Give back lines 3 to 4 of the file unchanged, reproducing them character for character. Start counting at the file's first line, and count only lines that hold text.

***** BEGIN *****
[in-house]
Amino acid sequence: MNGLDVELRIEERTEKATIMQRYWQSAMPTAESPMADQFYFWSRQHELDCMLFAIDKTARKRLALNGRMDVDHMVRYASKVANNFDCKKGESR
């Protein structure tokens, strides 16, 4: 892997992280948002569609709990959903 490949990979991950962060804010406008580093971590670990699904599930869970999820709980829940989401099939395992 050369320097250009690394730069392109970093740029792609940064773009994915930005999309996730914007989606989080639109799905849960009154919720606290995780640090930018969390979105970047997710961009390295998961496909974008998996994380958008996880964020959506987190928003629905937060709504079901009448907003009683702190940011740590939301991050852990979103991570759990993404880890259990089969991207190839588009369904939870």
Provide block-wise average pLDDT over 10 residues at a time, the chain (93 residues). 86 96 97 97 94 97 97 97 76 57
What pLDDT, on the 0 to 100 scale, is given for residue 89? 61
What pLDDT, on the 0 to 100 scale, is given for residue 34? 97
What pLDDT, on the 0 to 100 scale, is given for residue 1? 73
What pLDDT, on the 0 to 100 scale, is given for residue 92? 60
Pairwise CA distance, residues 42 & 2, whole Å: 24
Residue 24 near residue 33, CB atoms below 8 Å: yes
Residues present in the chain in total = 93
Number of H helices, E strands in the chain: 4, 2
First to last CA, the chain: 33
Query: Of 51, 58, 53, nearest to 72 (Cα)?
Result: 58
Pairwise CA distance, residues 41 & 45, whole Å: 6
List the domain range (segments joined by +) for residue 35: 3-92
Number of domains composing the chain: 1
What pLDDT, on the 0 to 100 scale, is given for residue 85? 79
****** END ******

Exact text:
């Protein structure tokens, strides 16, 4: 892997992280948002569609709990959903 490949990979991950962060804010406008580093971590670990699904599930869970999820709980829940989401099939395992 050369320097250009690394730069392109970093740029792609940064773009994915930005999309996730914007989606989080639109799905849960009154919720606290995780640090930018969390979105970047997710961009390295998961496909974008998996994380958008996880964020959506987190928003629905937060709504079901009448907003009683702190940011740590939301991050852990979103991570759990993404880890259990089969991207190839588009369904939870």
Provide block-wise average pLDDT over 10 residues at a time, the chain (93 residues). 86 96 97 97 94 97 97 97 76 57